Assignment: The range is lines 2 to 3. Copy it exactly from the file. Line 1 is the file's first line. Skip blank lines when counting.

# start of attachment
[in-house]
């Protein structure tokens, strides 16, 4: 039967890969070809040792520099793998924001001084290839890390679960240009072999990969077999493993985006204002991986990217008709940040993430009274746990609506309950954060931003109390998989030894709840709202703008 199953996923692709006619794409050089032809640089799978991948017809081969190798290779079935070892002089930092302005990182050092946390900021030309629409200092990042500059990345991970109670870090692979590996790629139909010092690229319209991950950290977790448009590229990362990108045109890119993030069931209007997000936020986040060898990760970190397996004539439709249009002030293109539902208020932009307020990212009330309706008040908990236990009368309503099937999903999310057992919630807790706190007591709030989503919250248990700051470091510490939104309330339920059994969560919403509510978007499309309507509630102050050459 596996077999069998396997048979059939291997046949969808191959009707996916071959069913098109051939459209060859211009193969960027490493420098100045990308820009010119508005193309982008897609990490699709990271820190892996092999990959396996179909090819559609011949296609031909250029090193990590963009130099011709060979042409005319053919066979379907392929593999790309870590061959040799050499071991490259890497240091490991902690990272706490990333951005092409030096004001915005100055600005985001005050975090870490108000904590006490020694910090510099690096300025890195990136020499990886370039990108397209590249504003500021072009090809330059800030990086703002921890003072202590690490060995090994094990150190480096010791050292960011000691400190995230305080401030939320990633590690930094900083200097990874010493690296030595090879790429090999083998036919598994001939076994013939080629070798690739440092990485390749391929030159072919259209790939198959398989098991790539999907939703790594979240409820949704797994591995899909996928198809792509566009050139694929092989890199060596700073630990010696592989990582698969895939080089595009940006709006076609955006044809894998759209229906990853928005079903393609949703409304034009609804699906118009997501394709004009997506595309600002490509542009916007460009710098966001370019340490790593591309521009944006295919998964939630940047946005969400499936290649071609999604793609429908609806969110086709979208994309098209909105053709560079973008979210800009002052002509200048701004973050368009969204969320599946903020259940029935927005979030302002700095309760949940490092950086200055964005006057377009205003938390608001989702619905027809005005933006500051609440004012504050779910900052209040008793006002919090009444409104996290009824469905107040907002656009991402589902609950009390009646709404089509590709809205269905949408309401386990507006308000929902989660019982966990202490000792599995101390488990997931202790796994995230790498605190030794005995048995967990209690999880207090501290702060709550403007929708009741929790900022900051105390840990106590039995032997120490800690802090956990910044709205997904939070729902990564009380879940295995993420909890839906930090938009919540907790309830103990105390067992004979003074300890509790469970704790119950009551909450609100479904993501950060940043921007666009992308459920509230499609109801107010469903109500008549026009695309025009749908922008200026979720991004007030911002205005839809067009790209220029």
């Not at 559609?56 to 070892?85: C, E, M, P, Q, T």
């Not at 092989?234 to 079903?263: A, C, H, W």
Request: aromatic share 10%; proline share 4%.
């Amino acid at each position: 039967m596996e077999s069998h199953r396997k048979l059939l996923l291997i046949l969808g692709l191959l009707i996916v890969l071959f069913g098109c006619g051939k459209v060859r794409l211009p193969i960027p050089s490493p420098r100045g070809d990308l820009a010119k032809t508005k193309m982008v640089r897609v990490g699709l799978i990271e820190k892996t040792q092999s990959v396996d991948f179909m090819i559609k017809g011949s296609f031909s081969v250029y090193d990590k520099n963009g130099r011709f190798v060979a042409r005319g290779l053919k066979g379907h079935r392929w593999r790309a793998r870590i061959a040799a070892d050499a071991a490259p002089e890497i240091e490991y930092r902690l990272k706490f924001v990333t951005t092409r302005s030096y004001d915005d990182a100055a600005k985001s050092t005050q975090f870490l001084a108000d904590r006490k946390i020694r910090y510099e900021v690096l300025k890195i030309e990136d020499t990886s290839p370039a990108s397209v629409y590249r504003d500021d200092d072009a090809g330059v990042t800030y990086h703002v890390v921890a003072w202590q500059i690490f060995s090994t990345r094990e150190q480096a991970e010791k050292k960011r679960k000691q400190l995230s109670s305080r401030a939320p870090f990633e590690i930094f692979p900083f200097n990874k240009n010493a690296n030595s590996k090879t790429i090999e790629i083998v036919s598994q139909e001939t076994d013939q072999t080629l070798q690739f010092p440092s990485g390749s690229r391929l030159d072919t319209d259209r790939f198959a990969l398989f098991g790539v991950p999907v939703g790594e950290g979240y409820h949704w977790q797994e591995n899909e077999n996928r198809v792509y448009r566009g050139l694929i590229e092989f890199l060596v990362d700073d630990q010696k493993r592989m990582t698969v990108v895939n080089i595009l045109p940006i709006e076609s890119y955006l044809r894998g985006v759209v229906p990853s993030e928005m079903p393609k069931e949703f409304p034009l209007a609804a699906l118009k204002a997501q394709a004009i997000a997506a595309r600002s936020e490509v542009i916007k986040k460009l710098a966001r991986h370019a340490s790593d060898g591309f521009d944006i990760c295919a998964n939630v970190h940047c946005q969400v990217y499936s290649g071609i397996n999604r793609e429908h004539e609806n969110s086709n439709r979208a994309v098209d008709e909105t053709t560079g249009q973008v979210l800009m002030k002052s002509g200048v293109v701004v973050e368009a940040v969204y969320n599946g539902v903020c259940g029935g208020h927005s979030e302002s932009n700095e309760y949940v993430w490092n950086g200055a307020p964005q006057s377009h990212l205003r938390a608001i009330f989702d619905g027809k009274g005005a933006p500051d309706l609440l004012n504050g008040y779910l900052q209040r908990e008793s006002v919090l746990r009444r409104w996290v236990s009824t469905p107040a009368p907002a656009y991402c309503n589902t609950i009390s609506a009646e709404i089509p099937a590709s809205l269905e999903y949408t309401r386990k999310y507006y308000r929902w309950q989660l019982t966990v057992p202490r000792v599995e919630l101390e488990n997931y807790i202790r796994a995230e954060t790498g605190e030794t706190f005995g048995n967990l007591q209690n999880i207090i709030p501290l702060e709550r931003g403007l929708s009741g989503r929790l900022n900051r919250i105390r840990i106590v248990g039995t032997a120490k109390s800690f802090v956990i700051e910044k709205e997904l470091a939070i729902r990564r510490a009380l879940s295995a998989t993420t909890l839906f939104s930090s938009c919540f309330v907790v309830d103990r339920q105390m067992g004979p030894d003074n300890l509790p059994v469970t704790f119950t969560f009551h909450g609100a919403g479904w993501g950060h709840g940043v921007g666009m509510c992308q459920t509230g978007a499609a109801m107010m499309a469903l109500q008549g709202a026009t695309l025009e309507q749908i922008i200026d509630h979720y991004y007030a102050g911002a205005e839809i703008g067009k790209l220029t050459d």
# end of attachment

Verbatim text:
């Protein structure tokens, strides 16, 4: 039967890969070809040792520099793998924001001084290839890390679960240009072999990969077999493993985006204002991986990217008709940040993430009274746990609506309950954060931003109390998989030894709840709202703008 199953996923692709006619794409050089032809640089799978991948017809081969190798290779079935070892002089930092302005990182050092946390900021030309629409200092990042500059990345991970109670870090692979590996790629139909010092690229319209991950950290977790448009590229990362990108045109890119993030069931209007997000936020986040060898990760970190397996004539439709249009002030293109539902208020932009307020990212009330309706008040908990236990009368309503099937999903999310057992919630807790706190007591709030989503919250248990700051470091510490939104309330339920059994969560919403509510978007499309309507509630102050050459 596996077999069998396997048979059939291997046949969808191959009707996916071959069913098109051939459209060859211009193969960027490493420098100045990308820009010119508005193309982008897609990490699709990271820190892996092999990959396996179909090819559609011949296609031909250029090193990590963009130099011709060979042409005319053919066979379907392929593999790309870590061959040799050499071991490259890497240091490991902690990272706490990333951005092409030096004001915005100055600005985001005050975090870490108000904590006490020694910090510099690096300025890195990136020499990886370039990108397209590249504003500021072009090809330059800030990086703002921890003072202590690490060995090994094990150190480096010791050292960011000691400190995230305080401030939320990633590690930094900083200097990874010493690296030595090879790429090999083998036919598994001939076994013939080629070798690739440092990485390749391929030159072919259209790939198959398989098991790539999907939703790594979240409820949704797994591995899909996928198809792509566009050139694929092989890199060596700073630990010696592989990582698969895939080089595009940006709006076609955006044809894998759209229906990853928005079903393609949703409304034009609804699906118009997501394709004009997506595309600002490509542009916007460009710098966001370019340490790593591309521009944006295919998964939630940047946005969400499936290649071609999604793609429908609806969110086709979208994309098209909105053709560079973008979210800009002052002509200048701004973050368009969204969320599946903020259940029935927005979030302002700095309760949940490092950086200055964005006057377009205003938390608001989702619905027809005005933006500051609440004012504050779910900052209040008793006002919090009444409104996290009824469905107040907002656009991402589902609950009390009646709404089509590709809205269905949408309401386990507006308000929902989660019982966990202490000792599995101390488990997931202790796994995230790498605190030794005995048995967990209690999880207090501290702060709550403007929708009741929790900022900051105390840990106590039995032997120490800690802090956990910044709205997904939070729902990564009380879940295995993420909890839906930090938009919540907790309830103990105390067992004979003074300890509790469970704790119950009551909450609100479904993501950060940043921007666009992308459920509230499609109801107010469903109500008549026009695309025009749908922008200026979720991004007030911002205005839809067009790209220029």
């Not at 559609?56 to 070892?85: C, E, M, P, Q, T």